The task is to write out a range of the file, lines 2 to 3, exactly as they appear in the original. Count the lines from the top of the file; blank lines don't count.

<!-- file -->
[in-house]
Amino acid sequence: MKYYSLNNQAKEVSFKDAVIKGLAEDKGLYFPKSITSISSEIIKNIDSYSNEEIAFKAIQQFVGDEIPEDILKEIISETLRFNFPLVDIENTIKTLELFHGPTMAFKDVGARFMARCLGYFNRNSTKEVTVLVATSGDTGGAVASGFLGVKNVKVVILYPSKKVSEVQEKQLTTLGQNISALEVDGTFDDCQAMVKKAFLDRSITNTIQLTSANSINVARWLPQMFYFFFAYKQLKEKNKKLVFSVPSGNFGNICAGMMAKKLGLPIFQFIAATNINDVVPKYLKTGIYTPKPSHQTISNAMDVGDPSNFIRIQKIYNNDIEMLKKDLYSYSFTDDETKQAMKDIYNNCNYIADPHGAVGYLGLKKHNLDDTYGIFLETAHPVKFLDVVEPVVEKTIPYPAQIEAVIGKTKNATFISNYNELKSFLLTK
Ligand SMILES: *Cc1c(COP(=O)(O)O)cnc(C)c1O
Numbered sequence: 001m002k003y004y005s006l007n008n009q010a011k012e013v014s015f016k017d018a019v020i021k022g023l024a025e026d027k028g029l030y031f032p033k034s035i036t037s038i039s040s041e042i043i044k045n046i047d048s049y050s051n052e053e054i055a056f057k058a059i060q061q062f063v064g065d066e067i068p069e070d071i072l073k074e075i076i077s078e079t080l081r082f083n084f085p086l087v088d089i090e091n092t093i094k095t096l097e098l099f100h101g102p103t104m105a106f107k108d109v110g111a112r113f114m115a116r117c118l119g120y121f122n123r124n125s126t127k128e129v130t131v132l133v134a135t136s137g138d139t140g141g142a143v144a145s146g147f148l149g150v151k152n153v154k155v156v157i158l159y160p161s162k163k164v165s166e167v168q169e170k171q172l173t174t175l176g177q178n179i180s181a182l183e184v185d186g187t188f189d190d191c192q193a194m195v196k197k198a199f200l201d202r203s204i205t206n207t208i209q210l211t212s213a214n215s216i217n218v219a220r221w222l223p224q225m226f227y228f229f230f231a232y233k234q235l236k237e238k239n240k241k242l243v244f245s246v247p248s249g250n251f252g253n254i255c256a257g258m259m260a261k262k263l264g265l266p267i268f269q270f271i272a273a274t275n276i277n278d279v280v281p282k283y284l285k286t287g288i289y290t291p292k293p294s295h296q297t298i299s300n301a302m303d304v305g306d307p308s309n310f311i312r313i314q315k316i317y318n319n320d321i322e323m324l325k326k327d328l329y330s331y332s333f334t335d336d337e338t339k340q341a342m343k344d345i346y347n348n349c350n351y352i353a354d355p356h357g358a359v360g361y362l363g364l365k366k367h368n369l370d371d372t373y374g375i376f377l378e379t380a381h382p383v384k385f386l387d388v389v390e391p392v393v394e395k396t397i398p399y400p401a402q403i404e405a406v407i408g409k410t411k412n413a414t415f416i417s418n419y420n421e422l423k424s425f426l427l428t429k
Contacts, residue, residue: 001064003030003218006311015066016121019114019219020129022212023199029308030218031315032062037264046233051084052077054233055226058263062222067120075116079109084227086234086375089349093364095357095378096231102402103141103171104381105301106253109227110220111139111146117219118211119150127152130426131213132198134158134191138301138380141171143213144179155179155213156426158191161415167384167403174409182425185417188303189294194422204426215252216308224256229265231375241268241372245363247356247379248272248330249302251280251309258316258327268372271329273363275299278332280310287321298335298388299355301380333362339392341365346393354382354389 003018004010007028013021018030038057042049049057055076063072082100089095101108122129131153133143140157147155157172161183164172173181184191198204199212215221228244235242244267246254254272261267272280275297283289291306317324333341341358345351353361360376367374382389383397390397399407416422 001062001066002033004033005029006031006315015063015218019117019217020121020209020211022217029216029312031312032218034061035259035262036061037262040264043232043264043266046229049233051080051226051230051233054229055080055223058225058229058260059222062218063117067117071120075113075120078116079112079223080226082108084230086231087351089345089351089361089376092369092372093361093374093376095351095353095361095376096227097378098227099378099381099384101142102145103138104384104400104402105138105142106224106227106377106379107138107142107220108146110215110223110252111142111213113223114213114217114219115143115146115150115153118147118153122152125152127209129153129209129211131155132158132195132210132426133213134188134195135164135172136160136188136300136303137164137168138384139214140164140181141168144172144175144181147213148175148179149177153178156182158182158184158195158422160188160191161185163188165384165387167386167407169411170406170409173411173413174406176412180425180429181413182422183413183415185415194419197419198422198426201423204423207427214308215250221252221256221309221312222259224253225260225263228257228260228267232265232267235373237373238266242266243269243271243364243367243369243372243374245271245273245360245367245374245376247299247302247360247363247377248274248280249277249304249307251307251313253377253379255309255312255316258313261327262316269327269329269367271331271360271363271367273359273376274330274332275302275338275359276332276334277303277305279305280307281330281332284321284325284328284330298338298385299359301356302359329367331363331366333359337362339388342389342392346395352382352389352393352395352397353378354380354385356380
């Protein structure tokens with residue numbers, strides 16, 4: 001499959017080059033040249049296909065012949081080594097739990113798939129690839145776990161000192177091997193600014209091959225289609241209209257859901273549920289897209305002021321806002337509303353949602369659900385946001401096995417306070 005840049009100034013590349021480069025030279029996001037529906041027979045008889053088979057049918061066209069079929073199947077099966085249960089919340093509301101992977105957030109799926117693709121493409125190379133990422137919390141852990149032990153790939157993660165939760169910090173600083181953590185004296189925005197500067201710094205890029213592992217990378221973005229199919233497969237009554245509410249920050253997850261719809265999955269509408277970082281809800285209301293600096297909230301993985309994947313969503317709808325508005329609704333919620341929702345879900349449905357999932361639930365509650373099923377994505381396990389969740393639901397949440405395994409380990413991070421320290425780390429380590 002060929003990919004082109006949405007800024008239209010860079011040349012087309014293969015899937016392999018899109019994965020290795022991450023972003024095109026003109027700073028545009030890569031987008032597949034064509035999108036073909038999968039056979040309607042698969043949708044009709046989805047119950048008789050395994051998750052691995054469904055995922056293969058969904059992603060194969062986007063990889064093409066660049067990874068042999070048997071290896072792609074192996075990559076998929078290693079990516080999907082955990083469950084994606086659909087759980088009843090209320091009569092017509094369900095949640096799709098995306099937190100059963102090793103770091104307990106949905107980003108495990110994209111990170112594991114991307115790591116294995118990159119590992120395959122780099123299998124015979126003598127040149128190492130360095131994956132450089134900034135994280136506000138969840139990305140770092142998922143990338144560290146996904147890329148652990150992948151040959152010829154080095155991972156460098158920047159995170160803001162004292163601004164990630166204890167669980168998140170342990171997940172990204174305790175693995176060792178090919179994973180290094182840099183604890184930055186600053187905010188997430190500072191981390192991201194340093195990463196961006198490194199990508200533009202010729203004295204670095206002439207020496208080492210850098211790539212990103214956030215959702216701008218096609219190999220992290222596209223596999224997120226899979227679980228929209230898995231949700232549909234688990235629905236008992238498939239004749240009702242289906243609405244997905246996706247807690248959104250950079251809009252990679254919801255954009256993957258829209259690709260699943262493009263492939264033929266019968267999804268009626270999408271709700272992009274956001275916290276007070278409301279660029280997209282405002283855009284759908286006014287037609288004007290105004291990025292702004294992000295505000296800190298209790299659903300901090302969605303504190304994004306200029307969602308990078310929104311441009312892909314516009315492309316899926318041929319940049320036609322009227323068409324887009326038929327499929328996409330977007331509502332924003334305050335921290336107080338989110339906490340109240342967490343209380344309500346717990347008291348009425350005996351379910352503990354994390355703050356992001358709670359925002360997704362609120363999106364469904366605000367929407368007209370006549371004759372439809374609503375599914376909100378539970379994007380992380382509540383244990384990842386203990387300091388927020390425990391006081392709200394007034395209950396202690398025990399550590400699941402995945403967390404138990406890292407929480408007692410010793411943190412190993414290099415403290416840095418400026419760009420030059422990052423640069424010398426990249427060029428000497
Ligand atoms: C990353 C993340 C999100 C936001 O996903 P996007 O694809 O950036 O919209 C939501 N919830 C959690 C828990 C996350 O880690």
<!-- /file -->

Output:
Amino acid sequence: MKYYSLNNQAKEVSFKDAVIKGLAEDKGLYFPKSITSISSEIIKNIDSYSNEEIAFKAIQQFVGDEIPEDILKEIISETLRFNFPLVDIENTIKTLELFHGPTMAFKDVGARFMARCLGYFNRNSTKEVTVLVATSGDTGGAVASGFLGVKNVKVVILYPSKKVSEVQEKQLTTLGQNISALEVDGTFDDCQAMVKKAFLDRSITNTIQLTSANSINVARWLPQMFYFFFAYKQLKEKNKKLVFSVPSGNFGNICAGMMAKKLGLPIFQFIAATNINDVVPKYLKTGIYTPKPSHQTISNAMDVGDPSNFIRIQKIYNNDIEMLKKDLYSYSFTDDETKQAMKDIYNNCNYIADPHGAVGYLGLKKHNLDDTYGIFLETAHPVKFLDVVEPVVEKTIPYPAQIEAVIGKTKNATFISNYNELKSFLLTK
Ligand SMILES: *Cc1c(COP(=O)(O)O)cnc(C)c1O